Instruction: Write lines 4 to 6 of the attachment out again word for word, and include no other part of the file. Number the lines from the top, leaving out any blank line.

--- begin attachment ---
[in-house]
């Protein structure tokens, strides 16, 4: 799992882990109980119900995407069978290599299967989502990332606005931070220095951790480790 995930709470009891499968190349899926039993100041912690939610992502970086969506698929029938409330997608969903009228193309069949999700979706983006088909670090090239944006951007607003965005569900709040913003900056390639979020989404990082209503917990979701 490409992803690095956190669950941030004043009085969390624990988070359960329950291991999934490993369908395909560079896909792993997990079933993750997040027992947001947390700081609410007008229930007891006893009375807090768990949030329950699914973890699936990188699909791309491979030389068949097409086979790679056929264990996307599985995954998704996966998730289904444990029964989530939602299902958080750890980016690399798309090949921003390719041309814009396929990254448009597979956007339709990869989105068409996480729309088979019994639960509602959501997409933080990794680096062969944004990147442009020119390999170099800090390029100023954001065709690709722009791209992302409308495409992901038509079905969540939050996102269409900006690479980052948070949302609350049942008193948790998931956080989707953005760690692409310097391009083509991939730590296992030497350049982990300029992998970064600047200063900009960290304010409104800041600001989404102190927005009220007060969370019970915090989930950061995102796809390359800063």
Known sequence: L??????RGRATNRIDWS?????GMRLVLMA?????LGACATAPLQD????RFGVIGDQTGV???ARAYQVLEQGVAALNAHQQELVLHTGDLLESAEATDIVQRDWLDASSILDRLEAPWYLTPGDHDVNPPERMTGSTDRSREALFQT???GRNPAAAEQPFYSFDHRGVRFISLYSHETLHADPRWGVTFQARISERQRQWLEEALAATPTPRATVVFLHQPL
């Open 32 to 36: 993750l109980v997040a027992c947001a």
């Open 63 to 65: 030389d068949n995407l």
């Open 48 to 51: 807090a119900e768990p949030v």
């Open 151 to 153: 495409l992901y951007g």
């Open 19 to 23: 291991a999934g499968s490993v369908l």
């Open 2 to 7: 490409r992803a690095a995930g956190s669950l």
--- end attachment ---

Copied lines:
């Open 32 to 36: 993750l109980v997040a027992c947001a």
């Open 63 to 65: 030389d068949n995407l």
């Open 48 to 51: 807090a119900e768990p949030v």